That Sunday night, they signed a contract.
Then they had to wait. For two weeks, the site remained a crime scene. Evey felt helpless, his program on hold. It was the longest two weeks of his life. Finally, they took control of the site.
Team members initially thought that they would have to rebuild only relatively small areas. But analysis found that the intense heat from a fire that had burned for nearly three days had weakened the concrete in big stretches of the building. It would have to go.
Even the less-damaged areas were a bigger mess than anticipated. While the site was a crime scene, nothing had been done to dry out the soggy building, and the mold went crazy, growing on walls, computers, everything. They cut out and destroyed acres of ceiling tile, wallboard and carpeting.
All that had to be done wearing respirators and white Tyvex suits for protection from hazardous materials -- everyone but Kilsheimer, who refused to wear the "bunny suits," as he derisively called them.
Evey had planned to start demolition as soon as he gained control of the building. But with a Pentagon memorial service planned at the one-month mark, he began to have second thoughts. What's it going to be like for the families to be on that side of the building, and we're over on this side of the building just ripping the hell out of it? It didn't seem right.
They used the time to do other things -- bring in top-drawer equipment, plan the project and zero in on what needed to be taken down. The original building had gone up in 16 months during World War II; what drawings existed were not terribly good.
Kilsheimer was worried about getting limestone for the exterior, because the quarries would be closing for the winter. They contacted Bybee Stone Co. in Indiana, where the original Pentagon limestone had come from, and asked them to quarry many blocks. Bybee called back a day later and told him, don't worry, we're going to stay open for the winter to do this.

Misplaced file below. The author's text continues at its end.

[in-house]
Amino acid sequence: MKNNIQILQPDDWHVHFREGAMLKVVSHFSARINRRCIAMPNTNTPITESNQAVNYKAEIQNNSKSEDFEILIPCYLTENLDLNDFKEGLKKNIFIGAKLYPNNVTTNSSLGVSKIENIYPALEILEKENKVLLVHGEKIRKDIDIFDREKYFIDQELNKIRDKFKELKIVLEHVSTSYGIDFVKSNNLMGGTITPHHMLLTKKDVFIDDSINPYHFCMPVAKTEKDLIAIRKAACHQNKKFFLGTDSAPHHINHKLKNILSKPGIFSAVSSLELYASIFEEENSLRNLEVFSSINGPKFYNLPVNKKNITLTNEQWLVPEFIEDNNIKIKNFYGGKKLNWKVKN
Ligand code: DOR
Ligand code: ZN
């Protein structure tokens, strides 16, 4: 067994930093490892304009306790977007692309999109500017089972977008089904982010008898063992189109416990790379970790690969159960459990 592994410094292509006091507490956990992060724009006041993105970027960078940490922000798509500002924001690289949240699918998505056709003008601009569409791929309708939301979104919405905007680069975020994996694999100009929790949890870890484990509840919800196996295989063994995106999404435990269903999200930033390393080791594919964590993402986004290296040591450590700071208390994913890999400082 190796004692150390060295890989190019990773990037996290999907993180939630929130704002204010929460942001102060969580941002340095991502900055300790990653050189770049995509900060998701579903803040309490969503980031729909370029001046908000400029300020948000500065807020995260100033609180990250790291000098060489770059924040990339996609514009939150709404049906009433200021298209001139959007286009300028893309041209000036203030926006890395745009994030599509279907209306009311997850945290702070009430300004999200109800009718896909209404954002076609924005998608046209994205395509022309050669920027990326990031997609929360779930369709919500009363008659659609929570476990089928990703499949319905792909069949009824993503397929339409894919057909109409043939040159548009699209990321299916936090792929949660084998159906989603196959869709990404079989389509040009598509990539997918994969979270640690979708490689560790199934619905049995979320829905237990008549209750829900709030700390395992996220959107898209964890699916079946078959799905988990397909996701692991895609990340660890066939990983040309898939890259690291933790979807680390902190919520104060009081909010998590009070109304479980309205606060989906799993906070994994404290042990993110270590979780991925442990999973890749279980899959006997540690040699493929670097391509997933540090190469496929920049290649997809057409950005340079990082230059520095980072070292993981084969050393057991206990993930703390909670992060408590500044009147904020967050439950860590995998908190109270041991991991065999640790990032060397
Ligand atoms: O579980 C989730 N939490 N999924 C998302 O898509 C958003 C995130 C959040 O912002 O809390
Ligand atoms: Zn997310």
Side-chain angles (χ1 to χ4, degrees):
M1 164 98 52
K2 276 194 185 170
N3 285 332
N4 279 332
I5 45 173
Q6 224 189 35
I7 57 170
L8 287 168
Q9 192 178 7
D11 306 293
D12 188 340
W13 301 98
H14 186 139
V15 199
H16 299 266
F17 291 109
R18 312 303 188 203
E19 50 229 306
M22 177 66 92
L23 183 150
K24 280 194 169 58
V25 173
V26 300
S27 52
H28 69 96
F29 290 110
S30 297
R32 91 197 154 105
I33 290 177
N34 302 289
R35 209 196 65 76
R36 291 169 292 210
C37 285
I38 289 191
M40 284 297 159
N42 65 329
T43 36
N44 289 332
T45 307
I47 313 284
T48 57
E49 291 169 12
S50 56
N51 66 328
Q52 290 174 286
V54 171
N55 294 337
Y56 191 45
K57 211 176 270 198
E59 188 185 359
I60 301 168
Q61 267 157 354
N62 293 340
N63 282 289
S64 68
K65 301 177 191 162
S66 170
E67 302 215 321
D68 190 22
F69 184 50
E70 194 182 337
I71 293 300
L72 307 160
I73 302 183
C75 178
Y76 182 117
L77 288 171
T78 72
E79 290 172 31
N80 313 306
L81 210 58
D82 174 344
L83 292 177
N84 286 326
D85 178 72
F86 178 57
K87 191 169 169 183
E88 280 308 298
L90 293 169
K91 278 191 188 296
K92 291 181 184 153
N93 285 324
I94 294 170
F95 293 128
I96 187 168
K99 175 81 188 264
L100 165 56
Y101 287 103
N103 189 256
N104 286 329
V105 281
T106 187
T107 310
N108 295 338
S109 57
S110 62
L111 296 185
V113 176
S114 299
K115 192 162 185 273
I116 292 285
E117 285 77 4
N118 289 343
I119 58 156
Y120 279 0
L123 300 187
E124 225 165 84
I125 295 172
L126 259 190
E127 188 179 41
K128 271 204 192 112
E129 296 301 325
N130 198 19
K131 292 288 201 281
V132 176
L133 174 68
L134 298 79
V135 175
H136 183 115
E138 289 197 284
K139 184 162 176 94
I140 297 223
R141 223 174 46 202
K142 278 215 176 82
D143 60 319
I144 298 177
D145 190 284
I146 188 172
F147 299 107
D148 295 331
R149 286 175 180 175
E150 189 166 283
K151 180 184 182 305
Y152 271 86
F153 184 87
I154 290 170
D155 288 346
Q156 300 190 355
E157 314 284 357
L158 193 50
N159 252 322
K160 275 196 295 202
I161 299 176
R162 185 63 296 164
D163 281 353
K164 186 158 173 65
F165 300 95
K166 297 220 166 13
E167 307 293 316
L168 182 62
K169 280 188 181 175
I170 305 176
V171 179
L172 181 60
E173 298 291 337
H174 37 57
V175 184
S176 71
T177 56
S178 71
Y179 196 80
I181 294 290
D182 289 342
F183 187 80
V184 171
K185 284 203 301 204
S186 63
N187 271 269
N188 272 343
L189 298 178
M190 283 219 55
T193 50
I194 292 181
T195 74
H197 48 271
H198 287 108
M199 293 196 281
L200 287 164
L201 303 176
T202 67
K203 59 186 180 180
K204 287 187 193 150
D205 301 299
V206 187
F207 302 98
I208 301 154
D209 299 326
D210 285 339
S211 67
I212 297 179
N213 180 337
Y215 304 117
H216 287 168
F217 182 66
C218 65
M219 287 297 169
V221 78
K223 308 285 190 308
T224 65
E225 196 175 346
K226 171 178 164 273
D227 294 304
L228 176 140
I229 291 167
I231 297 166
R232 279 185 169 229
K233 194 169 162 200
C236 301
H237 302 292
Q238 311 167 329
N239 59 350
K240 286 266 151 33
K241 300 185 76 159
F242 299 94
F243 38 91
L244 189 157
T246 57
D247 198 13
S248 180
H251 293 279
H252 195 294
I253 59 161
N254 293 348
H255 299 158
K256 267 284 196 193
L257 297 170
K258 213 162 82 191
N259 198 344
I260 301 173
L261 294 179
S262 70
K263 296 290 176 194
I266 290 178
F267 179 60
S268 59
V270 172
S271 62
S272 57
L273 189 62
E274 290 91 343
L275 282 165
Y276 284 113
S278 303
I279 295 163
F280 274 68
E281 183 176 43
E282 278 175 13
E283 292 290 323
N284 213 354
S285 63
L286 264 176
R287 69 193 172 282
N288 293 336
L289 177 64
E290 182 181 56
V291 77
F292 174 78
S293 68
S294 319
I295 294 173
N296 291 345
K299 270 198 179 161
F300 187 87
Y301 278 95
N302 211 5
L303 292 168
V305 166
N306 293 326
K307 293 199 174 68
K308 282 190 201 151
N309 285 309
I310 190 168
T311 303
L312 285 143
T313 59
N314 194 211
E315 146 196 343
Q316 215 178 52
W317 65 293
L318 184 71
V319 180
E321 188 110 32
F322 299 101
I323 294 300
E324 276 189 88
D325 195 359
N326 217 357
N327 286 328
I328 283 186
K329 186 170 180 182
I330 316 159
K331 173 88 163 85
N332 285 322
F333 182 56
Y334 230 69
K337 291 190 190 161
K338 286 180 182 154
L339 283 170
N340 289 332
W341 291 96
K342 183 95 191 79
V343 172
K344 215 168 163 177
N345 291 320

They found that attitude almost everywhere. All you had to say was, "I'm calling from the Pentagon reconstruction," and people would instantly want to help.
Demolition began Oct. 18 and continued 24 hours a day, seven days a week. The Federal Emergency Management Agency brought in a huge crusher machine. It looked like a dinosaur from "Jurassic Park," Kilsheimer thought, with a huge head and the ability to crush anything in its path.
The demolition that some had expected to take eight months was halfway done in two weeks.
They ended up taking out close to a 400,000-square-foot rectangle, removing 56,000 tons of debris and demolishing some undamaged areas to make a clean cut, saving time and money.
The demolition did more than save time. It set the stage, Kilsheimer thought. The fact that they finished faster than expected meant that the next guy was going to beat the schedule by even more.
It was about time that the reconstruction got a name. Les Hunkele, one of the project managers, had sent a note to Evey. There had been a terrible fire, and now the Pentagon would rise from the ashes. They should call it the Phoenix Project.
Pentagon Rises Again The destruction had finished, and now it was time for the resurrection.
Rebar went up, cement was poured, and the momentum kept building through the holidays. The workers made it clear that they intended to work straight through. Evey tried to shut it down over Christmas, and 64 workers protested.
In the new year, the building started coming out of the ground. The second-floor slab had been poured, and columns were rising for the third floor, visible above all the trailers and clutter on the ground. Pentagon employees, driving to work on Route 27 early in the morning with construction floodlights illuminating the building, could see it rising.
Around January, Kilsheimer could see it in people's eyes, too.
All his life, he had been a maniac about work, but his pace at the Pentagon was extreme, even for Kilsheimer. He'd go to sleep about 10 p.m. and be wide awake by midnight. A half-hour later, he'd be at his office and work until 4:20 a.m, when he'd drive to the Pentagon for the day's first meeting at 4:30 a.m. He'd eat an apple on the way for breakfast.
His work ethic came from his parents. They were German Jews who had escaped the Nazis with the help of an American reporter who had intervened when his mother, pregnant with him, was about to be dragged off a train. They settled in Washington, and his father went to work as a butcher. Both parents died when he was young.
Kilsheimer worked construction jobs and earned an engineering degree from George Washington University. He had four decades in the field, but the Pentagon was the event of a lifetime.
"It's like I've been in training my whole life for this," Kilsheimer told his wife. "I just didn't know it."
Kilsheimer had commandeered space in the fire station for the Pentagon's heliport, and it was like a construction trailer, with dirt and dust everywhere, and rot-gut coffee in the back. Managers who normally don't get dirty would show up there every day at the early morning meetings with contractors.